A Nation Captivated
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When Alex Haley’s book Roots was published by Doubleday in 1976 it became an immediate bestseller. The television series, broadcast by ABC in 1977, became the most popular miniseries of all time, captivating over a hundred million Americans. For the first time, Americans saw slavery as an integral part of the nation’s history. With a remake of the series in 2016 by A&E Networks, Roots has again entered the national conversation. In Making “Roots,” Matthew F. Delmont looks at the importance, contradictions, and limitations of mass culture and examines how Roots pushed the boundaries of history. Delmont investigates the decisions that led Alex Haley, Doubleday, and ABC to invest in the story of Kunta Kinte, uncovering how Haley’s original, modest book proposal developed into an unprecedented cultural phenomenon.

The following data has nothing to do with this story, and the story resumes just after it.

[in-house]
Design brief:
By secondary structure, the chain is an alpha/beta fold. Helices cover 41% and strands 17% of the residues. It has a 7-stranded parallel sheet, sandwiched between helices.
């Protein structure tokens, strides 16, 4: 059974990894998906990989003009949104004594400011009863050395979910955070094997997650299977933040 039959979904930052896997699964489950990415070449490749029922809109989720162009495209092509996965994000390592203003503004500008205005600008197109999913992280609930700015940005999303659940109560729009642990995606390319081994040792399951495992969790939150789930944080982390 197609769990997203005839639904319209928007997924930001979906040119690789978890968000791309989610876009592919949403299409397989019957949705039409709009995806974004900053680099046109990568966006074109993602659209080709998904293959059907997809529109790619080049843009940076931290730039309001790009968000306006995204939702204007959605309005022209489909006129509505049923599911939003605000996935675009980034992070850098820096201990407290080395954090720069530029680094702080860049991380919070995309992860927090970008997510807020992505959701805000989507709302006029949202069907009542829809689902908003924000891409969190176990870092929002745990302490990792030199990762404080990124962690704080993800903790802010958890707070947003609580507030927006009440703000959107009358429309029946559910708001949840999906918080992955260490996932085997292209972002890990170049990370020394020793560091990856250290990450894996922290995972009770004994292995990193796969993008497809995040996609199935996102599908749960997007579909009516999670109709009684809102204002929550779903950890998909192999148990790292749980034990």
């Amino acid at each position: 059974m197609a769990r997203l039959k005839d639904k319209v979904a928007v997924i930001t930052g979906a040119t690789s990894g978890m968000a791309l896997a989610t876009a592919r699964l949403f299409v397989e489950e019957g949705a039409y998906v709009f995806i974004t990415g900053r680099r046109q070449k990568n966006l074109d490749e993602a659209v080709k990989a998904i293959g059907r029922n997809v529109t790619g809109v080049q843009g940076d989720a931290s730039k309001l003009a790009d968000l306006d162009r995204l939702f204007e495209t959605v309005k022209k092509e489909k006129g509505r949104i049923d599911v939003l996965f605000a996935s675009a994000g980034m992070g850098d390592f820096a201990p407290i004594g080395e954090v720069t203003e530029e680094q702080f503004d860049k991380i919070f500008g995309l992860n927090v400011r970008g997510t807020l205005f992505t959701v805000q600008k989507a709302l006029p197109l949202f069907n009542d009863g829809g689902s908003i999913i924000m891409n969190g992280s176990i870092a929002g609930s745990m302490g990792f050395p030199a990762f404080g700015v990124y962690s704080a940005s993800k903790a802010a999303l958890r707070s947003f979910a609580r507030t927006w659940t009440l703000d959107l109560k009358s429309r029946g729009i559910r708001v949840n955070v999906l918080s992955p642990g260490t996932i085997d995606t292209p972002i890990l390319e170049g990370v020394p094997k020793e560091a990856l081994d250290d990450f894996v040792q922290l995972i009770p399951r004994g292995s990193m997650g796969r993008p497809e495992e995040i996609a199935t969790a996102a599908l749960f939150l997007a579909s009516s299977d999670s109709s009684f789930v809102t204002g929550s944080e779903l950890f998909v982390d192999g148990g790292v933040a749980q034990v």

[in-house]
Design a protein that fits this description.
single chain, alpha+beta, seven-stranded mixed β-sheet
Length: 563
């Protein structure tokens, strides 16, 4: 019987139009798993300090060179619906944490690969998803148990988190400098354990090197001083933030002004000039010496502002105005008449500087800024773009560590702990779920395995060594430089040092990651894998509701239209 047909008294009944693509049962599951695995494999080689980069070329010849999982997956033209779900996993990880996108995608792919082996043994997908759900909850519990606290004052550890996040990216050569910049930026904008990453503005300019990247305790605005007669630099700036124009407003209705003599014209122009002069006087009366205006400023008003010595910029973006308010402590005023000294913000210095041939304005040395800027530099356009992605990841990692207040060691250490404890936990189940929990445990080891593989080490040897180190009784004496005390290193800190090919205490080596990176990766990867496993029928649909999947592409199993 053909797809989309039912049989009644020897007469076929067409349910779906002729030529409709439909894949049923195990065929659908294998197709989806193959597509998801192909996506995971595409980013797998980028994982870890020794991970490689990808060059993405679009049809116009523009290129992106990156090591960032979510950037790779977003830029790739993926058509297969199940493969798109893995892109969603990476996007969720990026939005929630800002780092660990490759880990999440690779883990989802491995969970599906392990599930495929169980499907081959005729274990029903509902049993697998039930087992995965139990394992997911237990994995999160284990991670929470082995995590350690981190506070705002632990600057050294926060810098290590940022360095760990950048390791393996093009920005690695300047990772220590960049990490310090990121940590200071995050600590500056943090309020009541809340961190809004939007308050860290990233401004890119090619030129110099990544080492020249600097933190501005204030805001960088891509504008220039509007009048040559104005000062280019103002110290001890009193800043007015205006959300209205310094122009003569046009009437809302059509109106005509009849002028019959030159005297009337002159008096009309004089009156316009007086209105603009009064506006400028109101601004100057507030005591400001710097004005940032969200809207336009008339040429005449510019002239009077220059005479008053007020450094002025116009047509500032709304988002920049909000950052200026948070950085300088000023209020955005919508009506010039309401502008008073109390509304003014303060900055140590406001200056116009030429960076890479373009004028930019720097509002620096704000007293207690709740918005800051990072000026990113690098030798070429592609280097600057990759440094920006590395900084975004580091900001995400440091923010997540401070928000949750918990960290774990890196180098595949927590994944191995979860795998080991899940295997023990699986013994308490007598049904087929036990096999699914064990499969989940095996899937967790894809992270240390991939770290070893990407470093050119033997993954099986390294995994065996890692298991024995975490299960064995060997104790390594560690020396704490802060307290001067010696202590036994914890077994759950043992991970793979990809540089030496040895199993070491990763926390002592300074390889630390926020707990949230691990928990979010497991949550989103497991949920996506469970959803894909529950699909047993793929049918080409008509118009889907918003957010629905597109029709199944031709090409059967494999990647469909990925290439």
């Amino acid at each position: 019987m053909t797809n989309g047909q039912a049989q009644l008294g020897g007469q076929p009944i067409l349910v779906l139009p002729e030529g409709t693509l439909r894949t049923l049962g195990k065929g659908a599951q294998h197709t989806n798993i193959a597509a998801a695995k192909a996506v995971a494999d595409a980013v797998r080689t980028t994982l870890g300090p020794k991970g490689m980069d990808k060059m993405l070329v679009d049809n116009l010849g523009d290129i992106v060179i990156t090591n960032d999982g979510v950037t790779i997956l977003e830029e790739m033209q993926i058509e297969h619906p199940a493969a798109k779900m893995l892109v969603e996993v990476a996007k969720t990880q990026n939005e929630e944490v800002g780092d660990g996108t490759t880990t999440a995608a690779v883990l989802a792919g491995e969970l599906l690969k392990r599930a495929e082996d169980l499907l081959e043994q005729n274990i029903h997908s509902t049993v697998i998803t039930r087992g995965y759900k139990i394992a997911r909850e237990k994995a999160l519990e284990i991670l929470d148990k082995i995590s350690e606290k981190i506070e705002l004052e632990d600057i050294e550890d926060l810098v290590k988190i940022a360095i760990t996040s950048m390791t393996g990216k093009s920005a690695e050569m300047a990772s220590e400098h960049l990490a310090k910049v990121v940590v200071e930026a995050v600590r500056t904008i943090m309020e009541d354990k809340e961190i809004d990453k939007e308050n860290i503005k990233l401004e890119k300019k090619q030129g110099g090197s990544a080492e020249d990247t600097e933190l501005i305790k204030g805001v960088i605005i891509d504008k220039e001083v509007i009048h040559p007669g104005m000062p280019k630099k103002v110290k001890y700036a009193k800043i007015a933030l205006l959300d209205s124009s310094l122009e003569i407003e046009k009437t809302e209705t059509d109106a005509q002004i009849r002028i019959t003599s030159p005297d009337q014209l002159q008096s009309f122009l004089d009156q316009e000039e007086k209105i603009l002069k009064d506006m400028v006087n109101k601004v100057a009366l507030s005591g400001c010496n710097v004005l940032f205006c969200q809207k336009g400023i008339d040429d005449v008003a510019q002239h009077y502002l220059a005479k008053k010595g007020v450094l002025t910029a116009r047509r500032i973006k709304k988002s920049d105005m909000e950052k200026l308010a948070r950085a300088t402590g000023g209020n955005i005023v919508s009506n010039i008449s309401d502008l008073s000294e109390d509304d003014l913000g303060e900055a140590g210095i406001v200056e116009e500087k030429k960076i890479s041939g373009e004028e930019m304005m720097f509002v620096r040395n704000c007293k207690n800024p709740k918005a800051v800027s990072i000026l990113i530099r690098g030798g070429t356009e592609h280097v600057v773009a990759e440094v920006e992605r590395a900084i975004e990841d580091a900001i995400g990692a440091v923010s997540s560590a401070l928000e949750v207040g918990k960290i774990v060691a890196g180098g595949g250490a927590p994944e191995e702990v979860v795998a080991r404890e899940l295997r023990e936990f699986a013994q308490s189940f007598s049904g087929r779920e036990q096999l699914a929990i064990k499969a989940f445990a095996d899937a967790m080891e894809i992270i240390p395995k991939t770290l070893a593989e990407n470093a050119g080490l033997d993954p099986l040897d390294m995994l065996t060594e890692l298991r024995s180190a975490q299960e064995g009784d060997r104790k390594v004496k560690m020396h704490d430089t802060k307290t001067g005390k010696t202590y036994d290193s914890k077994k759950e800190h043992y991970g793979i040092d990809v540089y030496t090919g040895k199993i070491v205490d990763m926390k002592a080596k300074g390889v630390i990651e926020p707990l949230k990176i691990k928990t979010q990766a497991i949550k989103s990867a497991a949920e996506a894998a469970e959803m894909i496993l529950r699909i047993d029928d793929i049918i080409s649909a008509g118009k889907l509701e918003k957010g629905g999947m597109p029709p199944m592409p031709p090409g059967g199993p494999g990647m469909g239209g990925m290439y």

Praise For Making Roots: A Nation Captivated…
"Delmont builds his narrative from extensive archival research. His ability to describe these findings in an engaging style keeps the pages turning. Dramatic episodes come alive."
— Publishers Weekly
University of California Press, 9780520291324, 280pp.
Publication Date: August 2, 2016
About the Author
Matthew F. Delmont is Professor of History at Arizona State University and the author of Why Busing Failed: Race, Media, and the National Resistance to School Desegregation and The Nicest Kids in Town: American Bandstand, Rock ’n’ Roll, and the Struggle for Civil Rights in 1950s Philadelphia, both published by UC Press.